Roddy Doyle and a friend, John Sutton, initially self published the novel in 1987, funded by a £5,000 loan from Doyle’s bank manager.
Doyle remembers, “If I’d wanted £5,000 for a car there’d have been no problem but because it was for a book the bank manager insisted on a business plan. There was more fiction in the business plan we submitted than the book itself.”
The initiative shown in self publishing won The Commitments reviews in leading newspapers but it wasn’t well received by Irish music bible Hot Press. “There was a really hostile review in Hot Press and a lot of music press people didn’t like the book.”
One of the 4,000 books printed had, however, found its way into the hands of one influential reader.
Doyle says, “Elvis Costello lived here in Dublin at the time and he wrote an article and said “If you want to know what it was like being in a band when I was a kid, just read The Commitments.” I didn’t know he was going to write that, so that was a great day.”
After that the book built into a cult hit and was picked up by Random House.
On adapting the story for the stage, Roddy Doyle says:
“I hadn’t planned to write it myself but then I did. I really enjoyed it. We had met with a number of impressive writers but I found I was answering all the questions the producers and I were asking them. I told my wife “I’m thinking I might have a bash at the script myself” and she said “You took your time.”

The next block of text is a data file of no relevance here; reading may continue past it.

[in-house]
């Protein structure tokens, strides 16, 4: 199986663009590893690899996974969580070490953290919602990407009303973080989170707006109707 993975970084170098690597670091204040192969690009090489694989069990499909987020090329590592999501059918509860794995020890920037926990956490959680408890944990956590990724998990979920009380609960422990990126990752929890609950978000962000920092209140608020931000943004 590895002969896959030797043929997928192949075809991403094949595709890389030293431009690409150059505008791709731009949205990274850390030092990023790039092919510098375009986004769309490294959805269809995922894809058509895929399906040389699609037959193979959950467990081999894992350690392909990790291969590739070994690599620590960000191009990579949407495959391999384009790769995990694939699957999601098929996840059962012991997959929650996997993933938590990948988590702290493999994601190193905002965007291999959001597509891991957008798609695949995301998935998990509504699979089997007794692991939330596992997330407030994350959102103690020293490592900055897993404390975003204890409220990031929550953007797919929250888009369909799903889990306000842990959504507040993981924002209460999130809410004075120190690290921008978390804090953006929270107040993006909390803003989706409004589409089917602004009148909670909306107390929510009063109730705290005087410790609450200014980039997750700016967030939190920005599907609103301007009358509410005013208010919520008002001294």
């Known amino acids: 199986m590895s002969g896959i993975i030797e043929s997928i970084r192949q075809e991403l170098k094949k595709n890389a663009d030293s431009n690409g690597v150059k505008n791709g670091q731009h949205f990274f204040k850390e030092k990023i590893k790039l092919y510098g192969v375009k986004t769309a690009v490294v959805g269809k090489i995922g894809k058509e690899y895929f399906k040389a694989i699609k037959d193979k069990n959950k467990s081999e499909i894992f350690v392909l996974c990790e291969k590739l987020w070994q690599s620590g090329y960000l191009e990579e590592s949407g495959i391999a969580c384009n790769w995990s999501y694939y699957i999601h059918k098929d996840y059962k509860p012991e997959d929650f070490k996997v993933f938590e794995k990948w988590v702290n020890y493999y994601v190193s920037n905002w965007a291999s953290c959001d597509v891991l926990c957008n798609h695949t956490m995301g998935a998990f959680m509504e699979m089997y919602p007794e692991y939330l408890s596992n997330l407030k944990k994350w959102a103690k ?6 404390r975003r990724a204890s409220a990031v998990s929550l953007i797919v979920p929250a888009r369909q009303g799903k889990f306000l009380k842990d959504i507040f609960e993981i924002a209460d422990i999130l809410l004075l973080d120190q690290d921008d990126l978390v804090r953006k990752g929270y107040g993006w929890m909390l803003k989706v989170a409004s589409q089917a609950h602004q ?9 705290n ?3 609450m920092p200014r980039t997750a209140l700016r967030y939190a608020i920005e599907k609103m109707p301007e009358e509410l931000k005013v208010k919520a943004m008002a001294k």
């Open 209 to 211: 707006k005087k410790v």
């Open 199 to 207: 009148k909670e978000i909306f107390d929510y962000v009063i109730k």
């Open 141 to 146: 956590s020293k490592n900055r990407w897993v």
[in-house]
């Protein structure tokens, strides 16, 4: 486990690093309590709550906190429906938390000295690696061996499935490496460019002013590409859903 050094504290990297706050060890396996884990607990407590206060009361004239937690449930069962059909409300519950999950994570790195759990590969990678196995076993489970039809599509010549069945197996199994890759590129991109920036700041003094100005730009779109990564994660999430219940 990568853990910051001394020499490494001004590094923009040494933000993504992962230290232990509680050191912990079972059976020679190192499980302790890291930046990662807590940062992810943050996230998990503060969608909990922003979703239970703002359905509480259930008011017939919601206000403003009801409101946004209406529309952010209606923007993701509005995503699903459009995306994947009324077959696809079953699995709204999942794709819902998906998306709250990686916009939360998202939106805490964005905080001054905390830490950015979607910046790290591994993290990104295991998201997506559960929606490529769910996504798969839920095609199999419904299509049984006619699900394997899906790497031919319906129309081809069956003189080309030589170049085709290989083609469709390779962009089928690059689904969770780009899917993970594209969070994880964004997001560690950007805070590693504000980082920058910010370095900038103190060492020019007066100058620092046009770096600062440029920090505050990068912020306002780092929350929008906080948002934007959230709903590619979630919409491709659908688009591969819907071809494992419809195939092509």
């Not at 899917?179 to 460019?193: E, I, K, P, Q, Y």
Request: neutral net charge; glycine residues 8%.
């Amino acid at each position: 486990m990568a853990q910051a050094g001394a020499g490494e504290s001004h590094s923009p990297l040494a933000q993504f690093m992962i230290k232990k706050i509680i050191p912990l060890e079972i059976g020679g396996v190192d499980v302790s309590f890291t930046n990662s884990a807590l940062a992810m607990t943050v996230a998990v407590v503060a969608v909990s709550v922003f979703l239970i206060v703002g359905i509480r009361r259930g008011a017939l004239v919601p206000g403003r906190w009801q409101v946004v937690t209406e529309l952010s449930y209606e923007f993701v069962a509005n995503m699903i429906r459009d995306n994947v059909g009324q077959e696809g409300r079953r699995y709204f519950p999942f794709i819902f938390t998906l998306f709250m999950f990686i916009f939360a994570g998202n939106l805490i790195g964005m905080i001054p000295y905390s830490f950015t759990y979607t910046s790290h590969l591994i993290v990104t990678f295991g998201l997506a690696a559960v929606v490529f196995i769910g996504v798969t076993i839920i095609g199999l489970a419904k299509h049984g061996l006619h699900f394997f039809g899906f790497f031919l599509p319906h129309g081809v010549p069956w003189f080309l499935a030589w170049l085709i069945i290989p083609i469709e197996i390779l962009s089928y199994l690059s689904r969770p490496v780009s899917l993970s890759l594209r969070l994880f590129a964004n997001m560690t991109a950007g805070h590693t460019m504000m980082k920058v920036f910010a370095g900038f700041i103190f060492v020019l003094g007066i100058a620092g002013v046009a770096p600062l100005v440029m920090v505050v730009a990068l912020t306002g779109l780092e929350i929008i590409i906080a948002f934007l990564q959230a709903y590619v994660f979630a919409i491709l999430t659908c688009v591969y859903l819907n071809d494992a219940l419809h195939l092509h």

He continues “The biggest challenge was finding the way to tell a musical story about a group of people who can’t play their instruments and who aren’t a band. How do you get music in there from the very beginning?”
On selecting the songs for the show Doyle says:
“I wanted to go for well known songs, but also there to be a few surprises in there. Soul often isn’t about the song itself, it’s about the way it is sung or how it’s interpreted. The songs were chosen because they help tell the story.”
The show is packed with great songs but is also repeatedly laugh out loud funny. Doyle says:
“It was always going to be a comedy, it’s about a band so it doesn’t touch on life or death, you can say ‘music is life and death to me’, but it’s not. Music is fantastic and seem like it’s your blood but it’s not.”
Since finishing the script for the show Roddy Doyle has taken up the trumpet, perhaps inspired by revisiting the story.
“I didn’t just pick it up and start playing it. It’s a hard arduous, physical task and I’m exhausted playing it and I felt again a bit like a kid. I was snoring badly and my wife Googled and found that one of the ways to cure snoring is to play a wind instrument. Unfortunately I’m still snoring, so I destroy her waking hours as well as her sleeping hours.”